Budget at risk as Healy-Rae, Lowry desert government
INDEPENDENT TDs Michael Lowry and Jackie Healy-Rae were under fire last night for "trying to desert" the Government ahead of the Green Party.
Both announced it was highly unlikely they would vote for the Budget on December 7 -- depriving the Government of the two votes it needed to get the €6bn of cutbacks passed.
But their move -- which came less than an hour after the Green Party made it clear they would be leaving the Government in January -- was criticised by the opposition.
Fine Gael Kerry South TD Tom Sheahan said it was clear Mr Lowry and Mr Healy-Rae had wanted to be the first to call time on the Government.
"I think they were gazumped by the Green Party. They tried to get out first but it didn't work out for them," he said.
Both TDs had signed private deals with the Government in June 2007 to gain grants and other benefits for their constituencies of Tipperary North and Kerry South in return for their voting support.
They had voted for the Government's cost-cutting budgets and other controversial measures such as the National Asset Management Agency.
The Government's majority of three is likely to be cut to two if it loses the Donegal South West by-election on Thursday and it will rely on the support of the two Independent TDs to pass the Budget.
Mr Lowry called on Fine Gael and Labour to agree to support the Government's Budget.
He said every serious commentator agreed Ireland simply cannot afford not to pass a Budget in early December.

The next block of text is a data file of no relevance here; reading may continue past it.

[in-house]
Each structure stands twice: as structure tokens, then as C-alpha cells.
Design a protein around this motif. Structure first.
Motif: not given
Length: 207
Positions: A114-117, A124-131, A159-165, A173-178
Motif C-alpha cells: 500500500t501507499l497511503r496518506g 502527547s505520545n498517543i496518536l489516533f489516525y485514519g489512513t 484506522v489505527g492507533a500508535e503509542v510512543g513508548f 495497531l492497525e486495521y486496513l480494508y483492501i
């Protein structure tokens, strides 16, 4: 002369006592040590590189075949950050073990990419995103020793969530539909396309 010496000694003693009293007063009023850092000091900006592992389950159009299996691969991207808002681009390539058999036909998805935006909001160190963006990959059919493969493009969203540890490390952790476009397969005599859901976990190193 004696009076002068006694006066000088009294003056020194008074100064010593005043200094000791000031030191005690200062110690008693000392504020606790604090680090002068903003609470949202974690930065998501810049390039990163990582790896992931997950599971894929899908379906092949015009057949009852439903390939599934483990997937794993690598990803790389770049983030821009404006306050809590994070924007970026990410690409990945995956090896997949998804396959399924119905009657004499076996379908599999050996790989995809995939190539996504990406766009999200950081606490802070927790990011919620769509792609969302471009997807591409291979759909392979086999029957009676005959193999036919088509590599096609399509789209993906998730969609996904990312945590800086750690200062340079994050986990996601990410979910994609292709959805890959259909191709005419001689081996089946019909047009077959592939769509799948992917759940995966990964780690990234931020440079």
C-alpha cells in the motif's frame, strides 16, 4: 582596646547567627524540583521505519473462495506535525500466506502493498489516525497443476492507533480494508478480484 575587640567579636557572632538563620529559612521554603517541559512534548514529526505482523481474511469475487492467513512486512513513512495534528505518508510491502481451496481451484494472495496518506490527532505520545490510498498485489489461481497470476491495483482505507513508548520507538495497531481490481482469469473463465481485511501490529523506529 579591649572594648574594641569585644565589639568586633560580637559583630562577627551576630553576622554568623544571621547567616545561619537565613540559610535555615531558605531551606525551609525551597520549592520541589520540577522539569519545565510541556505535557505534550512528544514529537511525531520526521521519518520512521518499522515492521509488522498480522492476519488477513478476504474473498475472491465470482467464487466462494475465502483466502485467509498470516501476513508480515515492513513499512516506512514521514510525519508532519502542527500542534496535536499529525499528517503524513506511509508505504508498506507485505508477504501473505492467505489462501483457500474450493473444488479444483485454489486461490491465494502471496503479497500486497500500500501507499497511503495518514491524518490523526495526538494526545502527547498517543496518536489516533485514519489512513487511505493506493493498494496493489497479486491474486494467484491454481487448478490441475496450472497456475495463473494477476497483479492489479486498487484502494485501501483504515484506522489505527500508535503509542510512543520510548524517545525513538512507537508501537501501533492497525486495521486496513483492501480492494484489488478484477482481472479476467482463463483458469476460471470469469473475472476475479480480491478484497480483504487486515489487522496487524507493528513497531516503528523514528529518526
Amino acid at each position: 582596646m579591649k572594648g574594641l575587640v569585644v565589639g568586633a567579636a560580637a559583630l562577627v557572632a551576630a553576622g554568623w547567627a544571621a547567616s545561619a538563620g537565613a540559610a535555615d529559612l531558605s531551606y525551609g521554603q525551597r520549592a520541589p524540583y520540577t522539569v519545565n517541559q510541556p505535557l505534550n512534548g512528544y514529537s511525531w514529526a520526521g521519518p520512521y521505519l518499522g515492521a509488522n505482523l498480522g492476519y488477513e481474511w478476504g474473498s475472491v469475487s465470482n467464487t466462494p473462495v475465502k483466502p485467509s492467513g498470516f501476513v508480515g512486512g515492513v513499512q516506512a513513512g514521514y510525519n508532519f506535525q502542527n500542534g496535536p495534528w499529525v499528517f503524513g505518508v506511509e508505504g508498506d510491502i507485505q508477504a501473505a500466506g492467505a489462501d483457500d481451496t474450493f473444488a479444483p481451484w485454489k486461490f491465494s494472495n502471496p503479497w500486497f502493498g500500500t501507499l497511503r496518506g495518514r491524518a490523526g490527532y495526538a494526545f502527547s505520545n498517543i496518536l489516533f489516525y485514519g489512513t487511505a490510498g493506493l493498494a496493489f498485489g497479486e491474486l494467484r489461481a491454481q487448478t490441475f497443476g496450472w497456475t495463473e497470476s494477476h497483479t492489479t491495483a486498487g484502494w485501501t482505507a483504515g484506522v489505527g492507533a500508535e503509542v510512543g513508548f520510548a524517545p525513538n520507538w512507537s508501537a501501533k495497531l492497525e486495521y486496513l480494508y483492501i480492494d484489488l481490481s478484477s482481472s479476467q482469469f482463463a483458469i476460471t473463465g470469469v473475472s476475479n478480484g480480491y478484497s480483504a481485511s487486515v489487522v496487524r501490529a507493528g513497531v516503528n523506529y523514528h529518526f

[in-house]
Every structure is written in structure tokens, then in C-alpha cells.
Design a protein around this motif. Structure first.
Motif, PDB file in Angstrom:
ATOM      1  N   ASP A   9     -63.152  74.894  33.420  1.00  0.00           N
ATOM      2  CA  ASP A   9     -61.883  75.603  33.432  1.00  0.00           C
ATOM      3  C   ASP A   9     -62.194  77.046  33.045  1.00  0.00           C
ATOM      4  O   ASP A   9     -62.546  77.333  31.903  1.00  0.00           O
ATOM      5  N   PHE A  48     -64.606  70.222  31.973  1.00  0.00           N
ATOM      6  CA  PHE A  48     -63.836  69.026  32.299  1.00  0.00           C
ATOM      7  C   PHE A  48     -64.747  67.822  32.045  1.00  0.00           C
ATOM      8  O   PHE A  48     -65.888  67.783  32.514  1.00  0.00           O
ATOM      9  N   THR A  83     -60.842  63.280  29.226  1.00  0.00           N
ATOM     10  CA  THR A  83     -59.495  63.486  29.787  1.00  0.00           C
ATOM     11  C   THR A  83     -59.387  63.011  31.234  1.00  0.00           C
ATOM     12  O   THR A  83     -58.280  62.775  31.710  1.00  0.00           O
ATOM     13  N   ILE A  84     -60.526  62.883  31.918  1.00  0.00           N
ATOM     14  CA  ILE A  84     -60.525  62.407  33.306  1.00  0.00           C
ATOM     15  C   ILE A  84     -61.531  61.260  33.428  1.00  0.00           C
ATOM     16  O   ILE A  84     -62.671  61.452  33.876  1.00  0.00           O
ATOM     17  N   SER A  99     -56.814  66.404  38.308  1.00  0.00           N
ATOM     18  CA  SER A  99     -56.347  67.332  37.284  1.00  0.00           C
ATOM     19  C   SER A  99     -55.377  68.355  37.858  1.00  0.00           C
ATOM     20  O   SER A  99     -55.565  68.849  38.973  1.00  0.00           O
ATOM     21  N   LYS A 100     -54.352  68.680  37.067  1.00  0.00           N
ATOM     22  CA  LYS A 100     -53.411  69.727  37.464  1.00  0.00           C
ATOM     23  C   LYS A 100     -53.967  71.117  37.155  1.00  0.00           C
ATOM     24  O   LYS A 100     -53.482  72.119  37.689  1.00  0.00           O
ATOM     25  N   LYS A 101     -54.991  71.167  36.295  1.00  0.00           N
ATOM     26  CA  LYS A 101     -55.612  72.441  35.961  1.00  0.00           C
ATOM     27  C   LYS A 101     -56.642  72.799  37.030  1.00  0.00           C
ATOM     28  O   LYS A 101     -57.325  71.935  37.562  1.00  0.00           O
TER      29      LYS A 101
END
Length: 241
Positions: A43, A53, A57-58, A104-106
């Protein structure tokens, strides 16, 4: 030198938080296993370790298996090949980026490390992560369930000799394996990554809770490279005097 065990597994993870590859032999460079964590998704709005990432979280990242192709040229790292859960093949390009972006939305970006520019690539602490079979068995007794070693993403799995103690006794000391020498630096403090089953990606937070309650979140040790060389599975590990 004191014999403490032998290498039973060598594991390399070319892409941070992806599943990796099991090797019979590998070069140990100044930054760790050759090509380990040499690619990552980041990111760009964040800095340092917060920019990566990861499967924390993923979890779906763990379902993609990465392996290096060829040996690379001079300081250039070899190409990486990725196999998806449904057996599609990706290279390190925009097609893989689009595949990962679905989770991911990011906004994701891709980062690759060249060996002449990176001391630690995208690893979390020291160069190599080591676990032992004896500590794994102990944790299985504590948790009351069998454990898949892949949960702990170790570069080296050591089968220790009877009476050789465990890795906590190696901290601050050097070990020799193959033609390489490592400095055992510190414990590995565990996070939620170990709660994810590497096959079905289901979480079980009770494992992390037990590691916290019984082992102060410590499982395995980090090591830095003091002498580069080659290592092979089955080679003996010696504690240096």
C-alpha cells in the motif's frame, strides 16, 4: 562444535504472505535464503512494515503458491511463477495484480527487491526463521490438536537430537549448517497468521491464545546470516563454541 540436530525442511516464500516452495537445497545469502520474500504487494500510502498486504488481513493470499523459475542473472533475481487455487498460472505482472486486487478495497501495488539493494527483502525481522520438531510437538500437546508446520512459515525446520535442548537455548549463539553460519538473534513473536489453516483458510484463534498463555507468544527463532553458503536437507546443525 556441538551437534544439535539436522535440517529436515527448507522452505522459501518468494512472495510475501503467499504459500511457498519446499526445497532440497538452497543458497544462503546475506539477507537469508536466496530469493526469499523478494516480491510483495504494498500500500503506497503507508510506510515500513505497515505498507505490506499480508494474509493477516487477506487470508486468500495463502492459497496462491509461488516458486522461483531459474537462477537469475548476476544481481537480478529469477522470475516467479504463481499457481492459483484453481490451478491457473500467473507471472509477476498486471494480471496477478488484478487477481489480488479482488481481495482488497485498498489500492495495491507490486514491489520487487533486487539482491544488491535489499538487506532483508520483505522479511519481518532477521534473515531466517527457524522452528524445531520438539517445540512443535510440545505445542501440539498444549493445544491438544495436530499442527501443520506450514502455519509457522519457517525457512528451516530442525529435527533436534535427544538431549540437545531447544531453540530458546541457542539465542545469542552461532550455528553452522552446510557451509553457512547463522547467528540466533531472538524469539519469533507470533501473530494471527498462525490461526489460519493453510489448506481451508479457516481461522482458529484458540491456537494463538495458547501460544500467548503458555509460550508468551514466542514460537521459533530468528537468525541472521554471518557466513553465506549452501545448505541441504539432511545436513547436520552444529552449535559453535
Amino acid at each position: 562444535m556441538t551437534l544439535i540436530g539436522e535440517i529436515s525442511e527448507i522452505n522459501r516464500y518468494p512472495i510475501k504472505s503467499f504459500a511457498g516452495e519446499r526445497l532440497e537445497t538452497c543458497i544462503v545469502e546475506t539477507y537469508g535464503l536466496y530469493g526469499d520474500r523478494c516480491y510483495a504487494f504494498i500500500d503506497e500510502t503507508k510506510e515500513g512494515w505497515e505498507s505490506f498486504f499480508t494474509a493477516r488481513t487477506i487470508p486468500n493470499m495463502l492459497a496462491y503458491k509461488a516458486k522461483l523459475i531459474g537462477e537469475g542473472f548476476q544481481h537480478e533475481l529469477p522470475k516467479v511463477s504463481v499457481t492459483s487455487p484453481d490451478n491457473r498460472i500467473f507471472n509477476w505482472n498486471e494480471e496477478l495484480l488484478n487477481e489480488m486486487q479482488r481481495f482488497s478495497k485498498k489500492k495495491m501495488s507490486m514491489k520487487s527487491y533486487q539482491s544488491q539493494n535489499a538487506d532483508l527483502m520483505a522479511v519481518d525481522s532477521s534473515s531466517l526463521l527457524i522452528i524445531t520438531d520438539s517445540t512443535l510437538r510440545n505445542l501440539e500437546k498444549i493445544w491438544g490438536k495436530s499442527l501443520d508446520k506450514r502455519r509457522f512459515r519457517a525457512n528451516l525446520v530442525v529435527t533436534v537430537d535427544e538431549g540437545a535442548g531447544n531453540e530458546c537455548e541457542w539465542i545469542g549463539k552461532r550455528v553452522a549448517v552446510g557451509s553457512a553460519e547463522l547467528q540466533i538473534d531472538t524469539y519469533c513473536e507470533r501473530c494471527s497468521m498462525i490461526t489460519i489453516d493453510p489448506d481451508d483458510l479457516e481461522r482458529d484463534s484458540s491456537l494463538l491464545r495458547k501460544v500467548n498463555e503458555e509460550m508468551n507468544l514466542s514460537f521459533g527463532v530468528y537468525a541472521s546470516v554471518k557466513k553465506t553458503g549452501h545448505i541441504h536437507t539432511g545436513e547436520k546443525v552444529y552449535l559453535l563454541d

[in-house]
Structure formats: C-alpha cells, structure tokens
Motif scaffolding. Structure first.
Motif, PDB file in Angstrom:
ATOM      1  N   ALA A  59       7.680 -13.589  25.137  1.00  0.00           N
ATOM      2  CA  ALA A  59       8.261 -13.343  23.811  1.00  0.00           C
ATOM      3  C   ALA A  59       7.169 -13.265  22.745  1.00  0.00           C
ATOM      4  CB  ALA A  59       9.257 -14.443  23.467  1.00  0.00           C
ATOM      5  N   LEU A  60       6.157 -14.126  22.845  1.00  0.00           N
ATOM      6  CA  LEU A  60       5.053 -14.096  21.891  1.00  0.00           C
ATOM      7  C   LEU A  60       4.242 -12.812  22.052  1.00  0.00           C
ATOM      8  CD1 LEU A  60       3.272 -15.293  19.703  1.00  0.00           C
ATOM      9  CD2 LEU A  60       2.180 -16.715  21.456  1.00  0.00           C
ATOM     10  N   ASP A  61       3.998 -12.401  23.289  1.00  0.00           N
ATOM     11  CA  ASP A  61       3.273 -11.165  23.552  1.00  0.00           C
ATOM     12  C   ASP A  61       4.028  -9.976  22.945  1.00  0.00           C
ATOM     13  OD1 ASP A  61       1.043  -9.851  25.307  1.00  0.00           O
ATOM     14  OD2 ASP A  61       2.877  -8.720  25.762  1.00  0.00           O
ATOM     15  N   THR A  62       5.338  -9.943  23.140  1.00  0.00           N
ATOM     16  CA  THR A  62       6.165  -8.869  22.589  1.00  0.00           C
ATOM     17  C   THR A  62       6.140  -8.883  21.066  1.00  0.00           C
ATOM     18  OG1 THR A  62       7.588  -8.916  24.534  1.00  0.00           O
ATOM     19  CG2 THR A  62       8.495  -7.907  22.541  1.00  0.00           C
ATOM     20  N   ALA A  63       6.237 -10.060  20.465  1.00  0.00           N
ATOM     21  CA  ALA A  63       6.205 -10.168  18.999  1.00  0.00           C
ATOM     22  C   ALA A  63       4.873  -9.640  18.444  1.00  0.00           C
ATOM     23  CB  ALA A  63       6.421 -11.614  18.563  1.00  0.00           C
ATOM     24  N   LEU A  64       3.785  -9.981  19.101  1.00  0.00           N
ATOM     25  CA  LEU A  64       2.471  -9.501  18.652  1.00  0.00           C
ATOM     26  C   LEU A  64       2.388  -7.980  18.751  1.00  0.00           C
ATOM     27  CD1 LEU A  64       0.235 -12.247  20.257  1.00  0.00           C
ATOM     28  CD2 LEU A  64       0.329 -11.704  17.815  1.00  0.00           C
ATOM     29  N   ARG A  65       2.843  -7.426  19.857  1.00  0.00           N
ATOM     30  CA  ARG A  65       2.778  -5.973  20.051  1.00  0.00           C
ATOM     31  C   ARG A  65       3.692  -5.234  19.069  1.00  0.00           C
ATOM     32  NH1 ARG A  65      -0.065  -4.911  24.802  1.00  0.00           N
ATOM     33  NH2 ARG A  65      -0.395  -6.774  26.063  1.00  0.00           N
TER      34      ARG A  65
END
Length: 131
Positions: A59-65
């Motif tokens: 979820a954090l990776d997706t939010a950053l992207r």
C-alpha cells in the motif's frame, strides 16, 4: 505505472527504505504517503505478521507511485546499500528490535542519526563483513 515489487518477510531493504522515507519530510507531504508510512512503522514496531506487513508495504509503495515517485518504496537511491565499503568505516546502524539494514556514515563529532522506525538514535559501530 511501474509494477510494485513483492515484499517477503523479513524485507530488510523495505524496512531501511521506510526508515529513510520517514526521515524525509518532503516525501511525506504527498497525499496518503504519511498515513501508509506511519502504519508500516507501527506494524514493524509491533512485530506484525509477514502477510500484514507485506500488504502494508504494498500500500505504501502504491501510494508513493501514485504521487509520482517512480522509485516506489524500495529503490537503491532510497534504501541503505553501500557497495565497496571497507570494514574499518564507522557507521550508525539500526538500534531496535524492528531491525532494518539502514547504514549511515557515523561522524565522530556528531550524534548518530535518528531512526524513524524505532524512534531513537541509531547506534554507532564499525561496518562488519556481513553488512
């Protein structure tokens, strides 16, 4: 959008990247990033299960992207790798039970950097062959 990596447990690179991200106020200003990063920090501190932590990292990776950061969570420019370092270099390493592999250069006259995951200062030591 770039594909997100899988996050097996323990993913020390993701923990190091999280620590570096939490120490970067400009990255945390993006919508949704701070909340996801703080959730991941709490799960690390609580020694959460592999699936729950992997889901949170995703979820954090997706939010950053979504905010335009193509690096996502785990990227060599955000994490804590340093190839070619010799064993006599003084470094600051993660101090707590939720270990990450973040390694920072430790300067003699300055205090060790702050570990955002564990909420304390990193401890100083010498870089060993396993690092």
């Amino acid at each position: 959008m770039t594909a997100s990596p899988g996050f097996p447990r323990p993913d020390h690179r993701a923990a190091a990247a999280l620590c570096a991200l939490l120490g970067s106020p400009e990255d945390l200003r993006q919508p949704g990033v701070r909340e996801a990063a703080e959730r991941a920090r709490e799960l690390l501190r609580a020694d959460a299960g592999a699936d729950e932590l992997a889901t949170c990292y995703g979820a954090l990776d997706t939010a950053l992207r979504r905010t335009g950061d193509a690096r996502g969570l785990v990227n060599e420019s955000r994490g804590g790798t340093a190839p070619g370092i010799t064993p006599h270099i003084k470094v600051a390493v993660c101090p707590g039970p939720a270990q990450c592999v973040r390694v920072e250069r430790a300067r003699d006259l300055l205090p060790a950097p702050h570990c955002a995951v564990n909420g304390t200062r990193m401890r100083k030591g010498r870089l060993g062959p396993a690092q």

"Therefore it would be an astonishing political failure on the part of Labour and Fine Gael if, for political advantage, they do not join with Mr Lenihan in seeking to agree on the broad measures to be contained in this vital budget," he added.
But Mr Sheahan said Mr Lowry was only looking for "political cover" from the opposition -- which he would not get.
Labour justice spokesman Pat Rabbitte said it was remarkable Mr Lowry and Mr Healy-Rae were now in a competition with the Green Party to see who can desert the ship first.
He said the Government-supporting Independents had "milked the system for small favours".
"I wouldn't like to be a defencless person on the Titanic with Michael Lowry and Jackie Healy-Rae elbowing for space," he told RTE.
Mr Healy-Rae said it was "very, very unlikely" that he would support the Budget. He also said he was opposed to increases in third-level charges and cuts to the old-age pension.
"I don't want fees for students doubled because they won't be able to go anymore.
"If I see fairness in the Budget, I'll support it definitely. If I don't, I'll vote against it," he said.